Paul Virgin was Roy Virgin’s father and the farm he inherited was 137 acres. Paul Virgin and his wife, Sue Eastham, had six children — Paul, Kathleen Kenney, Jim Bob, Mary Lou, Roy and Steven. They purchased the land needed to return the farm to its original size of about 1,000 acres, which when Paul Virgin died in 1968, following a long battle with Parkinson’s disease, he divided and passed to his youngest sons.
The farm today
Roy began doing much of the work on the farm when he was about 15. His father had already fallen ill and eventually became disabled while Roy was still a teenager and the older children had mostly moved on with their own lives and careers.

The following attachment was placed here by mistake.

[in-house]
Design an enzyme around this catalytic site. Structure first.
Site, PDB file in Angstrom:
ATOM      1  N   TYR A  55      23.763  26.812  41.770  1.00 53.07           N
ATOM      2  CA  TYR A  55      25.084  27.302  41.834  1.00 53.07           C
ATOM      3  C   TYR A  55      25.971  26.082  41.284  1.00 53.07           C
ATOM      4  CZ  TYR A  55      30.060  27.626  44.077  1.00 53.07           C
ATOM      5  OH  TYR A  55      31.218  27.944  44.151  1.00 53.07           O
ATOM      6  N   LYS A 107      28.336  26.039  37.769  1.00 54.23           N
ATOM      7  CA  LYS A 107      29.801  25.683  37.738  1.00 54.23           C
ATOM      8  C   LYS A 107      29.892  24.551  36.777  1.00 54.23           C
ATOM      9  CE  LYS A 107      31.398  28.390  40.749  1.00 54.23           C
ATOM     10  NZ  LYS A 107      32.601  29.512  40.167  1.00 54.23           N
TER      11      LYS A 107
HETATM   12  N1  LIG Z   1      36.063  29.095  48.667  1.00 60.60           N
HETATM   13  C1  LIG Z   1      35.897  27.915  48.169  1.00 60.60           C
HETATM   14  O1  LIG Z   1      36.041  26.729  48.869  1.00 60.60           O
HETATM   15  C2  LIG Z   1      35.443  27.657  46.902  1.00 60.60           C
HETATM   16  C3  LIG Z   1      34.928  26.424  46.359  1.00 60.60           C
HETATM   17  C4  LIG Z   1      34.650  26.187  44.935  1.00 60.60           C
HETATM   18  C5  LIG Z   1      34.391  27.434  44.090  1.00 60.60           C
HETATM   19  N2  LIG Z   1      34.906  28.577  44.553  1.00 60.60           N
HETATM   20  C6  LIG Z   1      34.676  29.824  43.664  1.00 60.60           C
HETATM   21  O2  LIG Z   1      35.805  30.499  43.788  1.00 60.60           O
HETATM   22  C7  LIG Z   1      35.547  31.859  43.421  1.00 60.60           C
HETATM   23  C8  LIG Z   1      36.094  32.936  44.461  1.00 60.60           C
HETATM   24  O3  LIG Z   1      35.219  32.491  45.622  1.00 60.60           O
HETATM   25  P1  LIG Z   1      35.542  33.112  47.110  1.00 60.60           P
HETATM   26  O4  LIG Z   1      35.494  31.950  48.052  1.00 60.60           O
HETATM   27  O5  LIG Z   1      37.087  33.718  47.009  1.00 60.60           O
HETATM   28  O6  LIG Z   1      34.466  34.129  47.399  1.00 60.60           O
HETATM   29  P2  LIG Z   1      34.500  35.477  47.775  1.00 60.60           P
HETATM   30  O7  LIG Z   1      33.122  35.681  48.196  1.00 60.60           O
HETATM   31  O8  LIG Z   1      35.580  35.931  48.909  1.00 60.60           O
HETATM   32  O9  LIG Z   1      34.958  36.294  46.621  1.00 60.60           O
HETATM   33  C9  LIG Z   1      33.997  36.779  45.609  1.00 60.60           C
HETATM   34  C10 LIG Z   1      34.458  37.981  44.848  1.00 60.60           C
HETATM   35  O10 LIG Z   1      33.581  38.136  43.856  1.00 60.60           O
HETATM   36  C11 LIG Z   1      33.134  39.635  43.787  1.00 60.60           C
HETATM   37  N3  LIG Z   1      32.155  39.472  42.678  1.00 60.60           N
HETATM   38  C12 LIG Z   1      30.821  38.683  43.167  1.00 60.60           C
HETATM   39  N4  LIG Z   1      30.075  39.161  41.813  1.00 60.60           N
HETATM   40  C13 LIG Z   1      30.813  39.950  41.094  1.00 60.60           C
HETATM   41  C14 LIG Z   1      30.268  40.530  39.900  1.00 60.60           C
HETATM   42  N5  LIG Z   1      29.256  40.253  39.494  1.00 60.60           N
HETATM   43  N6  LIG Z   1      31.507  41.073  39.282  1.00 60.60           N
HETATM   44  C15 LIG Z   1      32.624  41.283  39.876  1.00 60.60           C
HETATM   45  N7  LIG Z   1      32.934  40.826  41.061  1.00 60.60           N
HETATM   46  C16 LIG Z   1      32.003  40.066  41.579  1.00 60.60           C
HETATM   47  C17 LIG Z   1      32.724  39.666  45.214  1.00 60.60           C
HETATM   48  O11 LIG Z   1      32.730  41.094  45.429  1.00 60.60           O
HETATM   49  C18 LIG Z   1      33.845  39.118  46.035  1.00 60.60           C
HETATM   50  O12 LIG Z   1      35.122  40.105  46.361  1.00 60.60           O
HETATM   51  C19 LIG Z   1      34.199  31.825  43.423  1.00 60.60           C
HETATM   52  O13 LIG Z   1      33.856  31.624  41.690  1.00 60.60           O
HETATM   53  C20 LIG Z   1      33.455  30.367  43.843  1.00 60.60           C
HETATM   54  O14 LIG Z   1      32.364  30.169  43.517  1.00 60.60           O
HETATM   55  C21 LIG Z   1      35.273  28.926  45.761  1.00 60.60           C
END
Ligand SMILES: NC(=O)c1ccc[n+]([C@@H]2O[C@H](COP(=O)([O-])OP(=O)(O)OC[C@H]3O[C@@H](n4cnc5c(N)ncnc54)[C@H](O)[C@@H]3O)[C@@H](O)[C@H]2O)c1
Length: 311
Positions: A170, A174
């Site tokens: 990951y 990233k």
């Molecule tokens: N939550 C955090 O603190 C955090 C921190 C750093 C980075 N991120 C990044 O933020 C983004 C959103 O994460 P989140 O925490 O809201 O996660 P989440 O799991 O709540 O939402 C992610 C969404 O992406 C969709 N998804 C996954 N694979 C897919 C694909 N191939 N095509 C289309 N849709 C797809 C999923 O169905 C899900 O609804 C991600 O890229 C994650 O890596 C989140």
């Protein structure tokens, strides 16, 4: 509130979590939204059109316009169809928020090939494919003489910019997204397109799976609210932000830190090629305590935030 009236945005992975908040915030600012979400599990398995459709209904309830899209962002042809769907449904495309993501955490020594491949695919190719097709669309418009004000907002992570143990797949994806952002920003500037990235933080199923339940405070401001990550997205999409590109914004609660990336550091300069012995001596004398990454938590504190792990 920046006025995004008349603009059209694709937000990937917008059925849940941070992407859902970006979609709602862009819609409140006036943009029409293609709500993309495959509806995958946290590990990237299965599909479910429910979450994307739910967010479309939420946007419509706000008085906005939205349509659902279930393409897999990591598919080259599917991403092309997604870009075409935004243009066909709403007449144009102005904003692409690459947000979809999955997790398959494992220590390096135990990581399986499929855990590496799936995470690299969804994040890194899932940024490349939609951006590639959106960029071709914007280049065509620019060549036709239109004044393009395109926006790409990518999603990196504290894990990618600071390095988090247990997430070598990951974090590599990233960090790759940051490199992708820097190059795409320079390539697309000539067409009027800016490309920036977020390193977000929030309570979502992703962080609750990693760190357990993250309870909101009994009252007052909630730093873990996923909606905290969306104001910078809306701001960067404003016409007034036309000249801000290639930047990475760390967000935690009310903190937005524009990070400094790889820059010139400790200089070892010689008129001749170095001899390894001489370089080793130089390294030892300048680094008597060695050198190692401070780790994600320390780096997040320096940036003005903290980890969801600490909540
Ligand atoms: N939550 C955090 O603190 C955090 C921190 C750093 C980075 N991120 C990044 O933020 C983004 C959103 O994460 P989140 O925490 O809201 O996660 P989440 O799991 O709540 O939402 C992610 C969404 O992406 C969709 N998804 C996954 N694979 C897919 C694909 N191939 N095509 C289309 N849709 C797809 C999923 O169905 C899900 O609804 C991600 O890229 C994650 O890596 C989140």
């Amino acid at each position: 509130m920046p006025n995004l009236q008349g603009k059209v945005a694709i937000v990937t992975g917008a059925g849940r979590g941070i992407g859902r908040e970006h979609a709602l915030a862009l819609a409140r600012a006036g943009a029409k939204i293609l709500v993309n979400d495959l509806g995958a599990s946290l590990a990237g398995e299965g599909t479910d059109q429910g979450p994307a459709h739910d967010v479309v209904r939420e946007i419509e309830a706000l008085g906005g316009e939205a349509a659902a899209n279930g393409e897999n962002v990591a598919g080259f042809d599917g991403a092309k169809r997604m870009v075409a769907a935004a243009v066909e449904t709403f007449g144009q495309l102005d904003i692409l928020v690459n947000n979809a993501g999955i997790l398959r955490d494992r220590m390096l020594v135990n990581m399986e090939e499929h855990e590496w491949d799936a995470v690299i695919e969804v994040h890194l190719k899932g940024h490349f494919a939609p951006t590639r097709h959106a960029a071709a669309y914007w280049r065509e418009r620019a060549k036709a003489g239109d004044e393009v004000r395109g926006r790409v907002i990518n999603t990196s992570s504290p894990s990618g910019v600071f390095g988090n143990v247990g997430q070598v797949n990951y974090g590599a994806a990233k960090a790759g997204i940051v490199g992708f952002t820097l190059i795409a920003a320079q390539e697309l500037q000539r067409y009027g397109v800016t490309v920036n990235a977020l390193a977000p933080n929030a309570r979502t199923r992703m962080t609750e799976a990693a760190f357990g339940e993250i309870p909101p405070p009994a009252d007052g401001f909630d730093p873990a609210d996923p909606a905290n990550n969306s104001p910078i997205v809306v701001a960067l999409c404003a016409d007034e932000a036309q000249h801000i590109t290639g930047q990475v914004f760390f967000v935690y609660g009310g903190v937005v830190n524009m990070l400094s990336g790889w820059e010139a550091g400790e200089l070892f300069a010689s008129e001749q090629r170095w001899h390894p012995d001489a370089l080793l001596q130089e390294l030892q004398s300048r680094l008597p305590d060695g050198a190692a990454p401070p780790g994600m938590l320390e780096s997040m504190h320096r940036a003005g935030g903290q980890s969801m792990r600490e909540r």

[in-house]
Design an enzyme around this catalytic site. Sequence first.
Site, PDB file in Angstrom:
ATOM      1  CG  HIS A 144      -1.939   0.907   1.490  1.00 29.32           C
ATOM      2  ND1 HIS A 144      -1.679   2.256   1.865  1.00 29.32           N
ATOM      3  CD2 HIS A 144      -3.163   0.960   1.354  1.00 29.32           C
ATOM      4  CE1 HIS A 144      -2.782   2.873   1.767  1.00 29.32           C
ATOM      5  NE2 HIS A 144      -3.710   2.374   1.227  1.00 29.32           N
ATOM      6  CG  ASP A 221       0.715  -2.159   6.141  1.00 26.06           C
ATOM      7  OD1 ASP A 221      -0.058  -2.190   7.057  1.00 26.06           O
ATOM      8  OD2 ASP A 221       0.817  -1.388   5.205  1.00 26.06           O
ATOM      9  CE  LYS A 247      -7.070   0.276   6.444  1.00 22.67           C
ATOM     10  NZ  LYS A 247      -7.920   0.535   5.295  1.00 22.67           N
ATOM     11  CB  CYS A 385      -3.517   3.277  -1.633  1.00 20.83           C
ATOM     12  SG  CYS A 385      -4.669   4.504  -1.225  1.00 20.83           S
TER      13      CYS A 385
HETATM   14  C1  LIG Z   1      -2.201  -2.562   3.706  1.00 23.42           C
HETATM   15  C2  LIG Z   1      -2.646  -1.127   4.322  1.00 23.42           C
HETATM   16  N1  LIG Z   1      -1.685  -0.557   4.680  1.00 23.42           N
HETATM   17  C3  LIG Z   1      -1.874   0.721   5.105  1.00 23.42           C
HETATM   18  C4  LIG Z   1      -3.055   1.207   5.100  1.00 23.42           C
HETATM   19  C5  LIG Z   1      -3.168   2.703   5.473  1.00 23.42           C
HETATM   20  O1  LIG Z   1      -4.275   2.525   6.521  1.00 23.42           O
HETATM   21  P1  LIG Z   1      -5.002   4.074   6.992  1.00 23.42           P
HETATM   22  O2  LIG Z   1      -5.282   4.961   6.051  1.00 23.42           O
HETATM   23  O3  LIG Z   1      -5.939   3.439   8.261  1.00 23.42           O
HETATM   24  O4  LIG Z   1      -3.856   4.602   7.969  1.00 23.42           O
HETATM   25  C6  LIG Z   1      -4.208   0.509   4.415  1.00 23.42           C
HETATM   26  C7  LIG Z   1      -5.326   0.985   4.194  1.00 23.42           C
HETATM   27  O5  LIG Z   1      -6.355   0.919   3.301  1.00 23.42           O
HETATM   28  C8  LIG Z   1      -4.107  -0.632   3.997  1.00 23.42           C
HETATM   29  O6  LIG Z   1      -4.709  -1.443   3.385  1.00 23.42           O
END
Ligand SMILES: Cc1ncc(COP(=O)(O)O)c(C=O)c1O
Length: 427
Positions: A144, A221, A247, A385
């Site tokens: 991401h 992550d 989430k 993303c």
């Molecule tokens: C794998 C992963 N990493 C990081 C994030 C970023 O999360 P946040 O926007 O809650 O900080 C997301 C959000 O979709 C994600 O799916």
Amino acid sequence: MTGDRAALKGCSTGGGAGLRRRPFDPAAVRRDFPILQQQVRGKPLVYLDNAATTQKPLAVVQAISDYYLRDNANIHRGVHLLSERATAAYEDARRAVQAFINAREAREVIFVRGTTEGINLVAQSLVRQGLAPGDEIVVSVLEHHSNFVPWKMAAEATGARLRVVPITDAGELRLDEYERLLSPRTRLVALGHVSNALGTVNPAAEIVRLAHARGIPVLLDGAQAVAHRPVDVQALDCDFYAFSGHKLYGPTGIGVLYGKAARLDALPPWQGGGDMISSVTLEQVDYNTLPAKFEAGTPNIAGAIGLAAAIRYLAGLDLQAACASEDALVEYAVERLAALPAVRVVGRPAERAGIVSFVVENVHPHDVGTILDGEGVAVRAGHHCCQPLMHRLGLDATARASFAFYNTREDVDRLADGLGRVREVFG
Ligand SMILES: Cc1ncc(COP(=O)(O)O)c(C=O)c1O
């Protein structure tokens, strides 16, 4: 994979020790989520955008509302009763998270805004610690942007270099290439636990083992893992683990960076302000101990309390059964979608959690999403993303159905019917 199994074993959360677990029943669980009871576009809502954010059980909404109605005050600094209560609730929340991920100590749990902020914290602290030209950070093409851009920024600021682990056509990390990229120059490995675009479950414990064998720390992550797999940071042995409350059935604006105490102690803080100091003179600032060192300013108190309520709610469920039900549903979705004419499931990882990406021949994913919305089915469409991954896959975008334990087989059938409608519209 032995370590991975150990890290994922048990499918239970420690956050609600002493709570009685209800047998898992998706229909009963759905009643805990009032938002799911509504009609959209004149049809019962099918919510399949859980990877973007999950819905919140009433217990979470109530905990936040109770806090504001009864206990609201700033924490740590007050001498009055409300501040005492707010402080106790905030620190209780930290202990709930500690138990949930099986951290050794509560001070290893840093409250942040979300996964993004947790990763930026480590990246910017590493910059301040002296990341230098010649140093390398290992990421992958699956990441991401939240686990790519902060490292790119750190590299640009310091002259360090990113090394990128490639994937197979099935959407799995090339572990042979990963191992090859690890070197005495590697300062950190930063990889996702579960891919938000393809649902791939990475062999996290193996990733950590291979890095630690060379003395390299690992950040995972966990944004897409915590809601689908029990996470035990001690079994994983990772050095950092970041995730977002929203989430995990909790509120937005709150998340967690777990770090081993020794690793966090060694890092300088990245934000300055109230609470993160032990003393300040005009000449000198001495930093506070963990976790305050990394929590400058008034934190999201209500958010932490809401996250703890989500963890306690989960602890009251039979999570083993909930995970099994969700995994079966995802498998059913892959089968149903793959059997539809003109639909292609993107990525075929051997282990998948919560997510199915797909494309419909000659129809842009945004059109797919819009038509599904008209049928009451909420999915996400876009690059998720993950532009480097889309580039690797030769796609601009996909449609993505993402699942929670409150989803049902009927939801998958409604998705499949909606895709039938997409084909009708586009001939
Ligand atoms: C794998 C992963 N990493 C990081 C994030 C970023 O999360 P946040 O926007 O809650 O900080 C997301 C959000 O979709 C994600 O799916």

“I was the only one around to help on the farm anyway, so it just come natural either to take hold or let go. Farming is something you just have to grow and love it. There’s not a whole lot of money involved,” he said.
Shortly after graduating from high school, he and Betty married.
“We married, and in the process of wondering if we could go on to public work, we just grabbed ahold and started farming,” Roy recalled.
By that time, he had already begun implementing strategies to expand the farm’s operations, hoping to bring in year-round income to reduce the financial risk of relying solely on the once-a-year payoff from tobacco. Using his vocational training, Roy cut and sawed logs from the farm and built a large housing facility for chickens, which included 5,500 individual cages.